Mission or money: what is primary?

Social Entrepreneur Guest Post

By John Herron

How many psychiatric social workers do you know who have run a successful business? How many entrepreneurs do you know whose businesses are structured to be able to employ a workforce of individuals in recovery from mental illness and/or substance abuse disorders? How many instructors at elite universities can share business and social work theory and practice from the perspective of the guy who took enterprise emergency calls at 2am. Meet John Herron. 

Years ago in my class in business school one professor asked the class what was the purpose of business. The answer from most of the class was some version of ‘…the purpose of business is to make money’. I said the purpose was to ‘improve civilization’ and got a big laugh. By the end of the semester we learned that quality services or products, creating a quality workplace environment, contributing to the community were all aspects of a successful company. Perhaps I was right from the start.

Now after twenty five years of running a social enterprise, I can reflect on the question anew-what’s the purpose of social enterprise?  The answer is exactly the same—to improve civilization. This time, however, the ante is doubled. You still have to do all the functions of a quality business but you do it with the added task of addressing a specific social outcome. The irony is that the focus of a social enterprise has to be primarily to make money! Making money shows that you have produced a quality product or service that customers will buy. This creates a sustainable effort to improve civilization by addressing your specific social purpose.

Some may think this is wrong headed. A social enterprise only has to break even or make a small profit. The real emphasis has to be on the social purpose and making money is a bonus. Nothing could be farther from the truth. You can’t succeed in business by being half-hearted.  You have to be all in. If you don’t seek excellence in the business you won’t succeed in either the enterprise or the social purpose.  Business success can’t be an afterthought, a cherry on top, a by-product. It has to be primary!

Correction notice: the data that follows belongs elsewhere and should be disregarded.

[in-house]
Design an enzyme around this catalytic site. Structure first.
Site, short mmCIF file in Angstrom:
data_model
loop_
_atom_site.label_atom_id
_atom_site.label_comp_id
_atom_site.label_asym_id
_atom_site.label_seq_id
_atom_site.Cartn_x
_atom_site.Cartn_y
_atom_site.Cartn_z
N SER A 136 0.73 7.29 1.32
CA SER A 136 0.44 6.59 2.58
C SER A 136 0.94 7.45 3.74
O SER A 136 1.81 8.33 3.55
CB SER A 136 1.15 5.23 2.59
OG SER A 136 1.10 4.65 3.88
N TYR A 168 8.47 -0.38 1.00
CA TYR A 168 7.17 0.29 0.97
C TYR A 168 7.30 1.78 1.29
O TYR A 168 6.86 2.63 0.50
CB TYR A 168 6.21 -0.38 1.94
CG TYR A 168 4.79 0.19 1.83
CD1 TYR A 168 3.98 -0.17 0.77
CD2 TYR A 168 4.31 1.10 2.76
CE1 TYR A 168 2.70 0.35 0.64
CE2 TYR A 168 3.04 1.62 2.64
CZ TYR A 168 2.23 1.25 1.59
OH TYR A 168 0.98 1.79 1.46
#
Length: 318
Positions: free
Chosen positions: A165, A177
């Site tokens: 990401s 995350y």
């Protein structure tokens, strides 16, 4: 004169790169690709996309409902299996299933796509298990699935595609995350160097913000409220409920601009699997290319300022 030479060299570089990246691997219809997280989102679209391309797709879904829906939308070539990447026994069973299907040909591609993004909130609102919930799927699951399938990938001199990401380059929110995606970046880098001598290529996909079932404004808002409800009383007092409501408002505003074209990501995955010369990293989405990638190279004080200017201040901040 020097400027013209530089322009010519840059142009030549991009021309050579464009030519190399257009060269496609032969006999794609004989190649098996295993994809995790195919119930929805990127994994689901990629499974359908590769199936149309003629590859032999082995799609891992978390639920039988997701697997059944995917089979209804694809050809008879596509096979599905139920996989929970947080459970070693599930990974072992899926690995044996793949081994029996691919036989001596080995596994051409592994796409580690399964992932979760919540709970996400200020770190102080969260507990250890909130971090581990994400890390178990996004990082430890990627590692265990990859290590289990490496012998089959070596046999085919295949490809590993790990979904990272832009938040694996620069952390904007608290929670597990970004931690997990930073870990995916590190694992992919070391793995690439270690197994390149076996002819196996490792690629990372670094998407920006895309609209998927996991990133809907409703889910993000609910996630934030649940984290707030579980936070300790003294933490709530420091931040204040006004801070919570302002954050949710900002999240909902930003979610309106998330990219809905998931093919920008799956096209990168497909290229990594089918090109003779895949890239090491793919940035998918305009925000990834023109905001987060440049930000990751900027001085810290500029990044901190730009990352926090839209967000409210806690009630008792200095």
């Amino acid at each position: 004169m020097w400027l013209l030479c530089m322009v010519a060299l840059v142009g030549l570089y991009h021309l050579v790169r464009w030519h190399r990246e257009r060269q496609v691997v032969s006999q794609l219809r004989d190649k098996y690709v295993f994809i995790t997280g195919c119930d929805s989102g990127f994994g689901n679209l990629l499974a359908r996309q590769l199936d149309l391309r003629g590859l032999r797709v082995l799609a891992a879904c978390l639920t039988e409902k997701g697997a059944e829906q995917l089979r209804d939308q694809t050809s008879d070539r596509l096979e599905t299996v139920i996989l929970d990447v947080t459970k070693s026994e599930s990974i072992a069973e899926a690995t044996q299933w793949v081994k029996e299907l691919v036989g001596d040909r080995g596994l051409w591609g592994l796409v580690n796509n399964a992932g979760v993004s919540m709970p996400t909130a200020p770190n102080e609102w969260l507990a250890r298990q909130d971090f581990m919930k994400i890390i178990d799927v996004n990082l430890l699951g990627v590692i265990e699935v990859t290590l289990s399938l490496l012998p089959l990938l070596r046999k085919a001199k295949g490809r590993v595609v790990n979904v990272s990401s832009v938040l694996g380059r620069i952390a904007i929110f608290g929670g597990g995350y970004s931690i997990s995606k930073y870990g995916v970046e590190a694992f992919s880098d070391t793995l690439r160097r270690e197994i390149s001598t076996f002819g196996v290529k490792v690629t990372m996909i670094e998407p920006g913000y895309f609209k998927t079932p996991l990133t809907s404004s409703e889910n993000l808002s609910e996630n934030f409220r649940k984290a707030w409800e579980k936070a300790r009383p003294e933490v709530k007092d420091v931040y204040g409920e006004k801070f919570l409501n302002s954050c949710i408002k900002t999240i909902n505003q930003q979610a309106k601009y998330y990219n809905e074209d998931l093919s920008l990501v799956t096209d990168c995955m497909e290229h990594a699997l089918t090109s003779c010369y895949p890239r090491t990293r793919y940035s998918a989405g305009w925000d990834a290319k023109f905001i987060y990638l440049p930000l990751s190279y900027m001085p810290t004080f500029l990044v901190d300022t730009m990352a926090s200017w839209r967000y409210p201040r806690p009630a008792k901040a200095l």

When those interested in starting a social enterprise ask me for help they want to impress me with the specific social outcome they are seeking. They are sometimes surprised when my main interest in getting the answer to this question, “If your business’s security alarm goes off at two in the morning, who gets the call?” If the answer is not them, then they are not ready for social enterprise. If they are not ready for total commitment to business success, they won’t create an excellent product or service. Without this excellence they won’t produce their social outcome or improve civilization.

John Herron MSW, MBA

Founder and former CEO, Harbor City Services (now a Division of Humanim, Inc)

John Herron has spent 42 years focused on the study and treatment of schizophrenia as a clinician, teacher, researcher, and administrator. He received his Bachelors degree in History from Loyola College in 1969, his Masters in Social Work from the University of Maryland in 1975, and his executive Masters in Business Administration from Loyola University of Maryland in 1999. Herron founded Harbor City Services, Inc., a self-sustaining social enterprise employing individuals in recovery from mental illness and/or substance abuse disorders in 1987, to improve long-term employment outcomes for those in recovery in spite of their having a chronic illness. He is an assistant clinical professor at University of Maryland School of Medicine, Maryland Psychiatric Research Center and an instructor at Columbia University School of Social Work. He is also past president of the Maryland Chapter of the Social Enterprise Alliance and president of the MECU Credit Union Foundation. The integration of Harbor City Services into Humanim will be completed by October 2012.